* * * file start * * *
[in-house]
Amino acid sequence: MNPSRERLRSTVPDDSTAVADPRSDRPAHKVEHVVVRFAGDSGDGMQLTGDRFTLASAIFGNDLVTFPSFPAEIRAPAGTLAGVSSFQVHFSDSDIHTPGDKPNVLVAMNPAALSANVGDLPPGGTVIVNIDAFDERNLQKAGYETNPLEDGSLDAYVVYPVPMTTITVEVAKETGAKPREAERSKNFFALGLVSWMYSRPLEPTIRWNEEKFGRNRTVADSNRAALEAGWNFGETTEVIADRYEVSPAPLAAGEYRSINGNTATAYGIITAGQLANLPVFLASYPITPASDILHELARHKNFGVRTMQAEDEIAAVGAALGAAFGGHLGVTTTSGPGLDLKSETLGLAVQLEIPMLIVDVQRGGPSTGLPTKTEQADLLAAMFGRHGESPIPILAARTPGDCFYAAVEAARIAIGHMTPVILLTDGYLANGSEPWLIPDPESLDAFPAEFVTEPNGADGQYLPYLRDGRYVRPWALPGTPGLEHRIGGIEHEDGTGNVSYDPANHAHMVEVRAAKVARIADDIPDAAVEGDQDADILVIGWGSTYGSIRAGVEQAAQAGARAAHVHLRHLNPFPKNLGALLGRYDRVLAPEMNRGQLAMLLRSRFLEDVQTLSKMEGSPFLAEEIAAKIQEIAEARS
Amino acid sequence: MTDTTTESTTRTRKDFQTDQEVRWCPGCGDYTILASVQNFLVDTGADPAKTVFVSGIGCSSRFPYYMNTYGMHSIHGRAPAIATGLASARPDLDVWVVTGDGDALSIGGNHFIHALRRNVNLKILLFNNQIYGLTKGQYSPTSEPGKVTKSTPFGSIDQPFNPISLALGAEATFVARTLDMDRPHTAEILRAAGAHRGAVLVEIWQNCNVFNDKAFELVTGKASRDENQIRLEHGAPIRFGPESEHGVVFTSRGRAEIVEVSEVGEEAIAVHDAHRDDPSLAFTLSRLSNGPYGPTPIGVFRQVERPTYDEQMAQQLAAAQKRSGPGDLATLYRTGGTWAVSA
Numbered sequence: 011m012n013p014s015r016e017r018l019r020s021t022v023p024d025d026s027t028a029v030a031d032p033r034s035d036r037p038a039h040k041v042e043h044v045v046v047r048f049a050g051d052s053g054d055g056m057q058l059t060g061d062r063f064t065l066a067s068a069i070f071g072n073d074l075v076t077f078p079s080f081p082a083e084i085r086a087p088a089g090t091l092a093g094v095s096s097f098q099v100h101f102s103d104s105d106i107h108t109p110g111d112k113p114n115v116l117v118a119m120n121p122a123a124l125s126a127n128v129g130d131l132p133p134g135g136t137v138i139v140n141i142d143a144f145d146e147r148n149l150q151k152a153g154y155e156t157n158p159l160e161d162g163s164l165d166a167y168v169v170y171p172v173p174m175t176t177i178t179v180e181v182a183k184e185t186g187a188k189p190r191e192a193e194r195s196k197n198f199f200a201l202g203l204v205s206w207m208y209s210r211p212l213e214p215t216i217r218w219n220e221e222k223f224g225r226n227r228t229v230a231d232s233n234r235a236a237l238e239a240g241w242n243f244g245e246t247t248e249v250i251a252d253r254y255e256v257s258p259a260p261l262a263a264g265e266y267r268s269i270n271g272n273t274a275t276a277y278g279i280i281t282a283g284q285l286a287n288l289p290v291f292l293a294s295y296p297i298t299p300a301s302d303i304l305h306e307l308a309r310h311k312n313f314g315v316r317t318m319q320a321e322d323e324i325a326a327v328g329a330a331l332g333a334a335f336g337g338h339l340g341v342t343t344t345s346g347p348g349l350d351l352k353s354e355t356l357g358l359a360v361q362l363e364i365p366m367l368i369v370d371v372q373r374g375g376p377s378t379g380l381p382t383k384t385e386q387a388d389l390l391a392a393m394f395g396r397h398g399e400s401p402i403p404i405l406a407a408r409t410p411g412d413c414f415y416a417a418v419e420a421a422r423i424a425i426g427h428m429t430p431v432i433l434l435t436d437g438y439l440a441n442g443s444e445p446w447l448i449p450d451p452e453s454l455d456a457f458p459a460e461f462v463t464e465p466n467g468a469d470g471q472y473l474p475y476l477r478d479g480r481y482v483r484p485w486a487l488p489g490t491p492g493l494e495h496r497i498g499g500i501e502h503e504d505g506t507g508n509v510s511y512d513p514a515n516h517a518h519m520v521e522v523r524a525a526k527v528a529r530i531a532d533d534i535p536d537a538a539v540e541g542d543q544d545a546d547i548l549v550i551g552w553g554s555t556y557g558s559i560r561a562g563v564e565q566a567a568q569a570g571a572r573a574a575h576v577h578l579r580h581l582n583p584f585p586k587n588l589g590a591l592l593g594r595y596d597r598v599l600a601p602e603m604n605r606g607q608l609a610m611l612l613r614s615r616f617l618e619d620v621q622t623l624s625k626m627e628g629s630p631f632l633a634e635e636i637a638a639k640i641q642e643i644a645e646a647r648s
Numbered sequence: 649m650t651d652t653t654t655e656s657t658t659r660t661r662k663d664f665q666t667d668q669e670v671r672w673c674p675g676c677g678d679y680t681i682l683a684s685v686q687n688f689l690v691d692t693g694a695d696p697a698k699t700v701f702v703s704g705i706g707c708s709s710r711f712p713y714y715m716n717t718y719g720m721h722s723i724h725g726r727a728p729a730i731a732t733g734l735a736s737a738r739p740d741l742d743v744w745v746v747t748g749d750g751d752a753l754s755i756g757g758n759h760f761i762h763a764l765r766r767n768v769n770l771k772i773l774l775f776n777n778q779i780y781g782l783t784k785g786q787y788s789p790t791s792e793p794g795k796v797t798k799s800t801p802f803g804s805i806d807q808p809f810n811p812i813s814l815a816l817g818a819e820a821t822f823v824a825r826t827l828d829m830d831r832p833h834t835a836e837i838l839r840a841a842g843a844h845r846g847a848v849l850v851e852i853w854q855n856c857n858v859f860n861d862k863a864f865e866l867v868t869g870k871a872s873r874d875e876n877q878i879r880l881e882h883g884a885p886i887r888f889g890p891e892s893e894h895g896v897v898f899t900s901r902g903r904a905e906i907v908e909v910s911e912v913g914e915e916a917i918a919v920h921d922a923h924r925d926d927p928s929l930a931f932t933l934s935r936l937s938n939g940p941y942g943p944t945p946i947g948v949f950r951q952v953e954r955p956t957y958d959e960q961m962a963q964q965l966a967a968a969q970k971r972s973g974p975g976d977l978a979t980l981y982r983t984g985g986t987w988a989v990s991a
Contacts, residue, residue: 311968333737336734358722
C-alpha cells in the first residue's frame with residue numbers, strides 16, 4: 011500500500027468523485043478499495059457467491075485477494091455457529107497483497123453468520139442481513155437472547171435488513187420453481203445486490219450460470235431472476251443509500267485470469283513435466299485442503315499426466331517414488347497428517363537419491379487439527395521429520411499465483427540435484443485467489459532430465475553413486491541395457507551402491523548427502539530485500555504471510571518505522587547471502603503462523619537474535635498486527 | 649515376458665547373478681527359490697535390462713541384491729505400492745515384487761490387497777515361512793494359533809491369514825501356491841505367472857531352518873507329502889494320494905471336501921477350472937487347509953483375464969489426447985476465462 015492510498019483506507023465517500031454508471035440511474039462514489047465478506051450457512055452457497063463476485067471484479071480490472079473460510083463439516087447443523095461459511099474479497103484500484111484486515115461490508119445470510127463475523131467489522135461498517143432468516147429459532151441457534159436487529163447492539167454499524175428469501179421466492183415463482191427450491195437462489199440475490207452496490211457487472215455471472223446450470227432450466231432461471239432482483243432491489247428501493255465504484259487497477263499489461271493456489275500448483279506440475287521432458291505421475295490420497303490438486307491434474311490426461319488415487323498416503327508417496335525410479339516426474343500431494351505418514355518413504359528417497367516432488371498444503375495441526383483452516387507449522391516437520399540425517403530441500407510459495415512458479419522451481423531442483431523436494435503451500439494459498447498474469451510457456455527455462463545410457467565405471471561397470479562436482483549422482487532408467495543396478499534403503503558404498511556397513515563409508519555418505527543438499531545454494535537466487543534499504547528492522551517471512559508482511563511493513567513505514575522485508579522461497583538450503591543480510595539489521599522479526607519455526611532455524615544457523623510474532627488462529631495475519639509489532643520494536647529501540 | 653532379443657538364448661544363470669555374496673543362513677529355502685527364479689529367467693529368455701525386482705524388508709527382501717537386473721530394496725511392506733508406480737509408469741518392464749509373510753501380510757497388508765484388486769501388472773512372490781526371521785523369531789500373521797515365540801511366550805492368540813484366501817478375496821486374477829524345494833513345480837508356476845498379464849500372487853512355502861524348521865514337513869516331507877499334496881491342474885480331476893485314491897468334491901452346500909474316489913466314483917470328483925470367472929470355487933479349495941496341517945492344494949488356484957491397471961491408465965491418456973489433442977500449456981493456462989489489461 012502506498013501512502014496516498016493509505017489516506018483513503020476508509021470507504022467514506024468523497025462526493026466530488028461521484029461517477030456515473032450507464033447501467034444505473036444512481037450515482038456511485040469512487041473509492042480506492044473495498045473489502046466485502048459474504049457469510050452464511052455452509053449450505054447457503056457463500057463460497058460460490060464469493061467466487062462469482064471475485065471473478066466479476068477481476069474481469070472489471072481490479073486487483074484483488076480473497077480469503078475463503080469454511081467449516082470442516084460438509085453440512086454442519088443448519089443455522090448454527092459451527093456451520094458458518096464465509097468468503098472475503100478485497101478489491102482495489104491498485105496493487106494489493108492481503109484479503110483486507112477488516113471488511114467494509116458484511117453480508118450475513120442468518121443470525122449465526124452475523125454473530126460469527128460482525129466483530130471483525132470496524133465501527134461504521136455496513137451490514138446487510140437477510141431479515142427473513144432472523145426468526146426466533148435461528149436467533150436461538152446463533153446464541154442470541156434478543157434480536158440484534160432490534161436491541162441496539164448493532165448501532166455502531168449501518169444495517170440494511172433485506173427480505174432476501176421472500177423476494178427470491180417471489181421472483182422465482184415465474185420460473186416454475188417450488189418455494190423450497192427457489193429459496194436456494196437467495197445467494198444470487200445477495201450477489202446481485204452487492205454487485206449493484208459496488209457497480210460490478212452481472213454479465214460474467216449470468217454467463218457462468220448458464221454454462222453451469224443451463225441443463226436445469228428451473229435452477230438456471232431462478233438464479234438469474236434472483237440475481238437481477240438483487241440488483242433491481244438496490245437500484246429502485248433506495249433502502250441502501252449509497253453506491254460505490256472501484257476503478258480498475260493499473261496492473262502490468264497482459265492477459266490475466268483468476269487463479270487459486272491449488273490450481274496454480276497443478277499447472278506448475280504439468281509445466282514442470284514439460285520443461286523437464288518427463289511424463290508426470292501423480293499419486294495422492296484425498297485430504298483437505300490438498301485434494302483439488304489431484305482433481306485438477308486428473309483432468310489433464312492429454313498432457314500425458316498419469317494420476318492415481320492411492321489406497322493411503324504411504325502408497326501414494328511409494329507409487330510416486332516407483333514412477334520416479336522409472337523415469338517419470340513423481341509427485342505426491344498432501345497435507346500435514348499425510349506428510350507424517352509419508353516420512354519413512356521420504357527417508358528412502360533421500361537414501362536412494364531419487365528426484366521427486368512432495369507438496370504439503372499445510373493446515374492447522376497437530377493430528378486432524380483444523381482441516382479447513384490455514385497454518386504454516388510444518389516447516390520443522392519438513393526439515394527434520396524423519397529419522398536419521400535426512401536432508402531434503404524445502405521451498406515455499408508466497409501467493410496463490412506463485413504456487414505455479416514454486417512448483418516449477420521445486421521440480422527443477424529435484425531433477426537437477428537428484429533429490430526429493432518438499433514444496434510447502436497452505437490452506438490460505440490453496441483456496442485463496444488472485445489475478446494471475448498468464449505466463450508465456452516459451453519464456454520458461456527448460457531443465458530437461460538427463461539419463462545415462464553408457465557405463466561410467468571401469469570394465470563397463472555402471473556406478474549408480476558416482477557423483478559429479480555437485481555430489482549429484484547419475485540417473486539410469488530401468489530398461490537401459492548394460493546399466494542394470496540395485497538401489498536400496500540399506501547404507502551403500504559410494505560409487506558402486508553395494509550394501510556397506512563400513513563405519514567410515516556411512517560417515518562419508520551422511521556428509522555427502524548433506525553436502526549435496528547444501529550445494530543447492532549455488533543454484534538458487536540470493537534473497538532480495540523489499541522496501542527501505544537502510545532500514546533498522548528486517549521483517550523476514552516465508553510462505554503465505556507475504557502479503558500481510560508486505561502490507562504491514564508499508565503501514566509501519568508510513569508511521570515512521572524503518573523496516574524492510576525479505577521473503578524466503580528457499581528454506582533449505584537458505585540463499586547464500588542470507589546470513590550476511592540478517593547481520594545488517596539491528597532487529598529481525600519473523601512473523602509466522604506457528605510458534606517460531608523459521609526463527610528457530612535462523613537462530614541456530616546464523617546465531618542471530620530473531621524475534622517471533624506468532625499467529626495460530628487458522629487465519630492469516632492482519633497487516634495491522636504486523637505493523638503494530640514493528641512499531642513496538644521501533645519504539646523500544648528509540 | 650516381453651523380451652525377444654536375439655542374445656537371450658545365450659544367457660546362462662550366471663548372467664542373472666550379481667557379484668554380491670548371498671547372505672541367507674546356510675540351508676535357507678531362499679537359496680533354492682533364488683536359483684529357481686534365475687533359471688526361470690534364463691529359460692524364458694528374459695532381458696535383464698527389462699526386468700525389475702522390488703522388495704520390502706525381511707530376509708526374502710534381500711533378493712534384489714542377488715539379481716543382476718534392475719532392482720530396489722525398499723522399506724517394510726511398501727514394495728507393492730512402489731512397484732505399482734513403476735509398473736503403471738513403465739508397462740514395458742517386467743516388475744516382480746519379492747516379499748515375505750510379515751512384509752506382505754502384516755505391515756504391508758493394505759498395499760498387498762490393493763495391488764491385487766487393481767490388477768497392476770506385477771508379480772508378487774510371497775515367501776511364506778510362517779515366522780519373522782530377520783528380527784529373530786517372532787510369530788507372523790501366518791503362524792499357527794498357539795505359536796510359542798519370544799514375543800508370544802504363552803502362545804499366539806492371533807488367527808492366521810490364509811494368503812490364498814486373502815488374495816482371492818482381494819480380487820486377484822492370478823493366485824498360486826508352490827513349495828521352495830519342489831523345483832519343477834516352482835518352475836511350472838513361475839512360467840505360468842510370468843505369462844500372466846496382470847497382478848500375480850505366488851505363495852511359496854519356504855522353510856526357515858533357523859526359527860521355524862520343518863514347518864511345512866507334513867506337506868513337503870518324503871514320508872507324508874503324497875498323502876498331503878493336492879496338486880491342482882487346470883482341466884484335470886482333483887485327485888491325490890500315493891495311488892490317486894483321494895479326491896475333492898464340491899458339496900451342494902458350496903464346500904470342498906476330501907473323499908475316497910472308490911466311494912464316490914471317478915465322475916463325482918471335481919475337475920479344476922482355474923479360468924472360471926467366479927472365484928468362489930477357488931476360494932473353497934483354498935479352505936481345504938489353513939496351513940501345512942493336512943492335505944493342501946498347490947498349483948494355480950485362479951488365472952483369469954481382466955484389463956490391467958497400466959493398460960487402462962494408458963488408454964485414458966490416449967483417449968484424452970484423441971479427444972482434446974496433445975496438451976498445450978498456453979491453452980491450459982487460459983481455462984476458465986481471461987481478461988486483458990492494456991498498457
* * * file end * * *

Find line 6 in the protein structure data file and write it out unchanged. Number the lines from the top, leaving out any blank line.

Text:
Contacts, residue, residue: 311968333737336734358722